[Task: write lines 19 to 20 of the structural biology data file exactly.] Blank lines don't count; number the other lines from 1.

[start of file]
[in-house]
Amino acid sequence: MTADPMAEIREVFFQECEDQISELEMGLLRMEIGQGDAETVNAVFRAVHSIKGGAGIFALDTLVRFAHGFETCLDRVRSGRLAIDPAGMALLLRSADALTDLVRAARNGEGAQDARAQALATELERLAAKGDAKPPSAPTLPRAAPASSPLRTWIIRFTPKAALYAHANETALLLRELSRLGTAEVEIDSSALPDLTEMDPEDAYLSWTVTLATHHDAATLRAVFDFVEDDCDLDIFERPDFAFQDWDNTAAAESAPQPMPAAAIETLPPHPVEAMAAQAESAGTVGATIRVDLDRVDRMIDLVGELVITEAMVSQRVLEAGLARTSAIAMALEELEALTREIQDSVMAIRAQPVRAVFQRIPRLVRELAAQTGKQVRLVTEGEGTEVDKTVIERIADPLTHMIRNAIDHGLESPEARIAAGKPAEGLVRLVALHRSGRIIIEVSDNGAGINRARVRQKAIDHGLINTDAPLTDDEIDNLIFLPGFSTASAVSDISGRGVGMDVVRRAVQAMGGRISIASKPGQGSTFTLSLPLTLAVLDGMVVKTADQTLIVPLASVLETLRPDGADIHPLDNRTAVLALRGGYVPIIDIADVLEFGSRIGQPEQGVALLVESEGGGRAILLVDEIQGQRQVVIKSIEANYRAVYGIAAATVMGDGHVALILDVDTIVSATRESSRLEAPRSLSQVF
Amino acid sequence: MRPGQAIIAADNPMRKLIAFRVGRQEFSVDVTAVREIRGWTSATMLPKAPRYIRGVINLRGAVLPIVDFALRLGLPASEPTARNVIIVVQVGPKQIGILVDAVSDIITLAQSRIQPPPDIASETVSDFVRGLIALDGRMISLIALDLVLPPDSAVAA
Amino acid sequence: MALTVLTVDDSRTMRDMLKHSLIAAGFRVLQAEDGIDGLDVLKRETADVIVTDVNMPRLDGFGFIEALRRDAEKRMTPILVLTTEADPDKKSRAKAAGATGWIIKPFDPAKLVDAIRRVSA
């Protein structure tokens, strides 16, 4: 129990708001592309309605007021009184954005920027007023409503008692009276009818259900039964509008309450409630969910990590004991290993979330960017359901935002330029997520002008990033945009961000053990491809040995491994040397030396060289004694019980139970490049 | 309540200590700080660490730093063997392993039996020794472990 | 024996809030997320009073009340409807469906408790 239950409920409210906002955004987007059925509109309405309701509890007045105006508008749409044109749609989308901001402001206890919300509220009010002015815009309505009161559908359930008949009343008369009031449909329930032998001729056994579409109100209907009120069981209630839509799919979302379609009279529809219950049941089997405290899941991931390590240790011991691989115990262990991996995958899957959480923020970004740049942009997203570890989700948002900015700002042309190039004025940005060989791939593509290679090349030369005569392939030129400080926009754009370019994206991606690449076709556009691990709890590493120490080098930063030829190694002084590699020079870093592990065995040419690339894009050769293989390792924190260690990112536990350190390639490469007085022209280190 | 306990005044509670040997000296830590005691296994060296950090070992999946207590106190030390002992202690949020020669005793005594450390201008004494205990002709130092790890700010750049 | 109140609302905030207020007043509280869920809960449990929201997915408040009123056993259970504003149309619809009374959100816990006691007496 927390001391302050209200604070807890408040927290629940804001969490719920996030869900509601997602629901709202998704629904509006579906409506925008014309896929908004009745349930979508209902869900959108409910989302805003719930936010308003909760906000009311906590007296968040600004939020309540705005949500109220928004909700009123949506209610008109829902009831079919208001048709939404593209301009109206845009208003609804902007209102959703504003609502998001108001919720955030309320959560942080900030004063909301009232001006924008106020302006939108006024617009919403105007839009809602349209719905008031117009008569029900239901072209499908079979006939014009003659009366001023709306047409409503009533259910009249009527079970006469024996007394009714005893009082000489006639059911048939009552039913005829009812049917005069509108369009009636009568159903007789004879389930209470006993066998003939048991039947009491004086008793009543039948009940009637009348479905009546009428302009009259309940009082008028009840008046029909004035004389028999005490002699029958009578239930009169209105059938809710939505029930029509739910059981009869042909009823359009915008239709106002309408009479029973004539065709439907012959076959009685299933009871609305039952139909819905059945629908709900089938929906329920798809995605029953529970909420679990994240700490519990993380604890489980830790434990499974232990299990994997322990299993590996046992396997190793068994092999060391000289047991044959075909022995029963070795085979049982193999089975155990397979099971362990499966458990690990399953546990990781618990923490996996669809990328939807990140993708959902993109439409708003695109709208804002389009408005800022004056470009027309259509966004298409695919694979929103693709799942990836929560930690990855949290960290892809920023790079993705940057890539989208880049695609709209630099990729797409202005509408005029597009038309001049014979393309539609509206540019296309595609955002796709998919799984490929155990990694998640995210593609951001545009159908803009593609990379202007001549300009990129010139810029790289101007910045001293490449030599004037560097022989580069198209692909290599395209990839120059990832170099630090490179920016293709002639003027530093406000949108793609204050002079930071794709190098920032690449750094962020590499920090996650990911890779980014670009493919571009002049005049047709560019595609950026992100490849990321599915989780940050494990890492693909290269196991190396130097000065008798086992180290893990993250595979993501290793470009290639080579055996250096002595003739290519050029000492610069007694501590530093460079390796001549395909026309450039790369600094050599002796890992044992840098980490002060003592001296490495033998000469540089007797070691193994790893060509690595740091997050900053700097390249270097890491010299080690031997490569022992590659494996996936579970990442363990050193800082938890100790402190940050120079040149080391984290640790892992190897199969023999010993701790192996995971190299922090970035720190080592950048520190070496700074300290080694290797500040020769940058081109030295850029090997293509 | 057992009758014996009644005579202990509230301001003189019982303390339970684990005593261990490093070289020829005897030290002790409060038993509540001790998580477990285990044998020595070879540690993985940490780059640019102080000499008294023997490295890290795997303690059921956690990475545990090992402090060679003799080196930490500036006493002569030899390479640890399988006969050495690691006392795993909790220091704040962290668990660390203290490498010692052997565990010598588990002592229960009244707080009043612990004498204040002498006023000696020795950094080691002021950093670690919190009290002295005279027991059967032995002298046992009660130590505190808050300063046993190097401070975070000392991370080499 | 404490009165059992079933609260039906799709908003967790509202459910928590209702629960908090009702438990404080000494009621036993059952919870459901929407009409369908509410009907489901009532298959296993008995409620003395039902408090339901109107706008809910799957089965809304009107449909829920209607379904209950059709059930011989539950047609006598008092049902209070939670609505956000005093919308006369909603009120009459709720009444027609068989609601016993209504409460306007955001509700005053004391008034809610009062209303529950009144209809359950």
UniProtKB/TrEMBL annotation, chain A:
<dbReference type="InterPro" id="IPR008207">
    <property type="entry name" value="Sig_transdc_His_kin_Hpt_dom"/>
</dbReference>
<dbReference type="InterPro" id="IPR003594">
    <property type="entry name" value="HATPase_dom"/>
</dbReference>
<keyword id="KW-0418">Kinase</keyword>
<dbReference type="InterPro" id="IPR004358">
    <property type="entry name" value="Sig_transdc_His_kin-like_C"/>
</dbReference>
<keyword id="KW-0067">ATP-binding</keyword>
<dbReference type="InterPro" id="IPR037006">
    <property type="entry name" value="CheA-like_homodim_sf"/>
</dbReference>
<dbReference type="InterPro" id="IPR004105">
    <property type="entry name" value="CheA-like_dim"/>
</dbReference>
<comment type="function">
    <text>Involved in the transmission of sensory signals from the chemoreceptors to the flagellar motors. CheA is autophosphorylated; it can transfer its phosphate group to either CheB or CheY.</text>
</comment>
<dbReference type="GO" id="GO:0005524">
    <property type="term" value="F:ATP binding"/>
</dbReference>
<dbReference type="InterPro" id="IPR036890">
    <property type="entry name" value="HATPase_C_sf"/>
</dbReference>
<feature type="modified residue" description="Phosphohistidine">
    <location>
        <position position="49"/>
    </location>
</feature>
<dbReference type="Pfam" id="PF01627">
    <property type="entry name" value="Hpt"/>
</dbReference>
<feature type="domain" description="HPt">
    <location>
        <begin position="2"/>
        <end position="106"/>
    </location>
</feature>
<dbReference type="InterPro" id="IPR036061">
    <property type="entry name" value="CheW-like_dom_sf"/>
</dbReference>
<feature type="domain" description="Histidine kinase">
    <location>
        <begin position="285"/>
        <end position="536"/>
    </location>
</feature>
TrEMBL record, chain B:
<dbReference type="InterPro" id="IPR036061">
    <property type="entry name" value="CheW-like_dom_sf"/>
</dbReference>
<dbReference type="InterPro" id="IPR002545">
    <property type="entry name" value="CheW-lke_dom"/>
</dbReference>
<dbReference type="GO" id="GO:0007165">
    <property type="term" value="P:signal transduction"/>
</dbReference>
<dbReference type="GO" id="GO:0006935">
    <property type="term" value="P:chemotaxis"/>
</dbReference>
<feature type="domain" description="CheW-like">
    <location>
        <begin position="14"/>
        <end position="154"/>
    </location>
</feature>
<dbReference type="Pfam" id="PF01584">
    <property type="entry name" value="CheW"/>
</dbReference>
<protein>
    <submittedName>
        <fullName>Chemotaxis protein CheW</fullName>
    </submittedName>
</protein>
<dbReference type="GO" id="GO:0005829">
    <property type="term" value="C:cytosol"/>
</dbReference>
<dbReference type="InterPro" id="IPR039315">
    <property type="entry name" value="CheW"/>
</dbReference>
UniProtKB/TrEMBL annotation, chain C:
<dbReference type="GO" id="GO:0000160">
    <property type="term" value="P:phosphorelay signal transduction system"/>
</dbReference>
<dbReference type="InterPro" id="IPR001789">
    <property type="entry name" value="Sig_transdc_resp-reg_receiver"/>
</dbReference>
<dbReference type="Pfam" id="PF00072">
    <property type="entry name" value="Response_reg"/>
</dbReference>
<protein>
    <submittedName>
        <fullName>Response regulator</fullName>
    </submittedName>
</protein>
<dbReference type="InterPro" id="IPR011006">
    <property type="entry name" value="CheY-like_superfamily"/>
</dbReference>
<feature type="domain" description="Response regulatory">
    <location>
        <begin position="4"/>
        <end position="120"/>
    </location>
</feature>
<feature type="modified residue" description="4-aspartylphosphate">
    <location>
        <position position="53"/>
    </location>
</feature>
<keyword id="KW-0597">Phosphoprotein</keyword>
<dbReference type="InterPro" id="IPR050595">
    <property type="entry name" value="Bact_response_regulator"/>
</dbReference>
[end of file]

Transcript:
    <property type="entry name" value="CheA-like_homodim_sf"/>
</dbReference>